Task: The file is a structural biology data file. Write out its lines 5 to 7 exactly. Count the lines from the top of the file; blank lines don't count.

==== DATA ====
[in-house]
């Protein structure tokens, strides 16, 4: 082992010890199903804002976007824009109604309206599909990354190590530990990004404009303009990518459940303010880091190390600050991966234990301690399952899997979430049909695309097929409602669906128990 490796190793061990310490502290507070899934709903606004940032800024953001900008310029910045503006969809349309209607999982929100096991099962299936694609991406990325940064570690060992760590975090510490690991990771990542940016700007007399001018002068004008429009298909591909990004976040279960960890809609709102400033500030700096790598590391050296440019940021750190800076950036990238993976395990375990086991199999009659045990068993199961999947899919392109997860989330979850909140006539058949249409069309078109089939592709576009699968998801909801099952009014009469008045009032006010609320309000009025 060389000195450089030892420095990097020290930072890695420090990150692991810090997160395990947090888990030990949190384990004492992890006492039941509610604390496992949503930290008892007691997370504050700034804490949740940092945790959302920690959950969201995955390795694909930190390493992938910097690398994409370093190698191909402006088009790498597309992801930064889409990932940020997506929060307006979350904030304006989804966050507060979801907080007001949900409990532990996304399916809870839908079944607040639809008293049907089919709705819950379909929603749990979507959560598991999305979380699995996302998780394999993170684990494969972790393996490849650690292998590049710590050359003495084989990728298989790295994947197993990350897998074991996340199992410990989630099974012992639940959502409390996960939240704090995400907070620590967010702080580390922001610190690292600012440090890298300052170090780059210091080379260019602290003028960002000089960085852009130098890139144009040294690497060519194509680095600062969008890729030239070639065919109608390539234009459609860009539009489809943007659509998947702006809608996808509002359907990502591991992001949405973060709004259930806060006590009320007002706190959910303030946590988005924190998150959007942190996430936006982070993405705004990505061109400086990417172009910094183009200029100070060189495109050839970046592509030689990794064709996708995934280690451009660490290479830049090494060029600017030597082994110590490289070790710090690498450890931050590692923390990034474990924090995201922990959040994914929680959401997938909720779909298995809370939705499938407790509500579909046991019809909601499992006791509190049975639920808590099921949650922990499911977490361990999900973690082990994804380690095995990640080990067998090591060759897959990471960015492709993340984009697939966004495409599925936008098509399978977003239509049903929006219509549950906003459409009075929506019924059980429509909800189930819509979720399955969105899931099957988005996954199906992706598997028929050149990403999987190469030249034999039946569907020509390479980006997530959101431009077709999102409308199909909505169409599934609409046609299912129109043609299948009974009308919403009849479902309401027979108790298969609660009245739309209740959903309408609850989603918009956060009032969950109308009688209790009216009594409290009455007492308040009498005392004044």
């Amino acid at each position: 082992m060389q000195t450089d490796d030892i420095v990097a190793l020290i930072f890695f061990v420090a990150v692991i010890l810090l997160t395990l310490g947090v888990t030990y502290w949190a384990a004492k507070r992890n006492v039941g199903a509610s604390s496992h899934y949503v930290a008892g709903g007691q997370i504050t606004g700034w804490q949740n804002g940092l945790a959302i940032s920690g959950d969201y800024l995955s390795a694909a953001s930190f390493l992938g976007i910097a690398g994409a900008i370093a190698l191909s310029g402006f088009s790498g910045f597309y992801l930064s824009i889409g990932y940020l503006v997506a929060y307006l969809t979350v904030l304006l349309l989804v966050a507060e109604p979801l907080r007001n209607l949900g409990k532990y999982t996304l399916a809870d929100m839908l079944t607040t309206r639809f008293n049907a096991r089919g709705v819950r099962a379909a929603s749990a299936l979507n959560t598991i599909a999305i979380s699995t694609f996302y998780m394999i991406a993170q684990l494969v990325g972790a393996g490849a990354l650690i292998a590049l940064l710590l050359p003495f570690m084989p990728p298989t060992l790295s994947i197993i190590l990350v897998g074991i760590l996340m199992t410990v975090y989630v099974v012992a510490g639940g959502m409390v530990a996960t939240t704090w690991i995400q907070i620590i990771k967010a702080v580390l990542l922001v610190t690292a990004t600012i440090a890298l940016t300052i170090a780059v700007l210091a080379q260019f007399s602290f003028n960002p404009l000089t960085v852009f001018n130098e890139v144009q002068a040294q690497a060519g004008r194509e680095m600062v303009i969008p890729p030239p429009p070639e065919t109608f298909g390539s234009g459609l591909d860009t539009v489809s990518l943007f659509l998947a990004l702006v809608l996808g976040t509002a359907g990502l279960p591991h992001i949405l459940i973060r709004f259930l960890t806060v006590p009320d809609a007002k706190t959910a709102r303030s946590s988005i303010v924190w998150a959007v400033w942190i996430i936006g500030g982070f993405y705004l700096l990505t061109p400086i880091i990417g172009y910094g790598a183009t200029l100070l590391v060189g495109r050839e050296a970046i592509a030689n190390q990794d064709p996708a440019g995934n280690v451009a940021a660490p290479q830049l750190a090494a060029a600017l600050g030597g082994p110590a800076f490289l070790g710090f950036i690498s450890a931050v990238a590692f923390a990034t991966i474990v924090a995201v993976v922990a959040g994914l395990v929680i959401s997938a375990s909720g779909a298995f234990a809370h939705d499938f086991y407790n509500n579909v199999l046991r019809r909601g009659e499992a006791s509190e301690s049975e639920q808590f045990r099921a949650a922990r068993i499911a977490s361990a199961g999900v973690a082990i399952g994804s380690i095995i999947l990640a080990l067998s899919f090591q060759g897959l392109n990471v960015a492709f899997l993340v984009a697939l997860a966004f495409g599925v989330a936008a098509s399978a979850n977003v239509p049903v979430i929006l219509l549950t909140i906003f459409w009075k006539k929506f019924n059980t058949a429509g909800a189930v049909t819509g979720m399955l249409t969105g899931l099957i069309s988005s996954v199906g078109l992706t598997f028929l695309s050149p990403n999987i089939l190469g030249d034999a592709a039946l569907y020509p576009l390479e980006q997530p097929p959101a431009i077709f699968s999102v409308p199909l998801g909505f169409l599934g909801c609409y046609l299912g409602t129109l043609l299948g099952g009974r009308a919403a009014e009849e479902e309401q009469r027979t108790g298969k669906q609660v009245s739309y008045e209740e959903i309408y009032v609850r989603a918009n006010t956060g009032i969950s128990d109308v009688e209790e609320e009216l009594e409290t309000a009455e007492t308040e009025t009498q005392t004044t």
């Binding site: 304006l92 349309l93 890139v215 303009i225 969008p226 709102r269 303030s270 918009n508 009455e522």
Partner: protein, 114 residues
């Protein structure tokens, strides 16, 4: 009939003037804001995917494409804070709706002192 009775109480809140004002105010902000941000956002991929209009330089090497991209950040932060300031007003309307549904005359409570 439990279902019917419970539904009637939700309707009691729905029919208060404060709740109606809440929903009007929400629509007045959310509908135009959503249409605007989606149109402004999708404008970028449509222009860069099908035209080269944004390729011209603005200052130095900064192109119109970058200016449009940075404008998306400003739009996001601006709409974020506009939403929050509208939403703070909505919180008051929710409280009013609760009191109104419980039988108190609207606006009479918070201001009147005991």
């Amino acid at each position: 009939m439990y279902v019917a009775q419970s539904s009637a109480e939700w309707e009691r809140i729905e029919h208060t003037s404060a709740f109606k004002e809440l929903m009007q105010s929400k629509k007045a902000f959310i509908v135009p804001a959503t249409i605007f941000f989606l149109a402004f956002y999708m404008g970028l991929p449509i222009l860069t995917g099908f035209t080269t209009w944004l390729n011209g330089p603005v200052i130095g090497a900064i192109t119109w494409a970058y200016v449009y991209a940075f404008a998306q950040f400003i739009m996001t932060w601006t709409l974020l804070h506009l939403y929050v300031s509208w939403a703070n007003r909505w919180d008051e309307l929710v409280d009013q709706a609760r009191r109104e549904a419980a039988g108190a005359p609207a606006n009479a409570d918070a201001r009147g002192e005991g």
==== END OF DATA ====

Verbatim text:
Partner: protein, 114 residues
């Protein structure tokens, strides 16, 4: 009939003037804001995917494409804070709706002192 009775109480809140004002105010902000941000956002991929209009330089090497991209950040932060300031007003309307549904005359409570 439990279902019917419970539904009637939700309707009691729905029919208060404060709740109606809440929903009007929400629509007045959310509908135009959503249409605007989606149109402004999708404008970028449509222009860069099908035209080269944004390729011209603005200052130095900064192109119109970058200016449009940075404008998306400003739009996001601006709409974020506009939403929050509208939403703070909505919180008051929710409280009013609760009191109104419980039988108190609207606006009479918070201001009147005991």
């Amino acid at each position: 009939m439990y279902v019917a009775q419970s539904s009637a109480e939700w309707e009691r809140i729905e029919h208060t003037s404060a709740f109606k004002e809440l929903m009007q105010s929400k629509k007045a902000f959310i509908v135009p804001a959503t249409i605007f941000f989606l149109a402004f956002y999708m404008g970028l991929p449509i222009l860069t995917g099908f035209t080269t209009w944004l390729n011209g330089p603005v200052i130095g090497a900064i192109t119109w494409a970058y200016v449009y991209a940075f404008a998306q950040f400003i739009m996001t932060w601006t709409l974020l804070h506009l939403y929050v300031s509208w939403a703070n007003r909505w919180d008051e309307l929710v409280d009013q709706a609760r009191r109104e549904a419980a039988g108190a005359p609207a606006n009479a409570d918070a201001r009147g002192e005991g």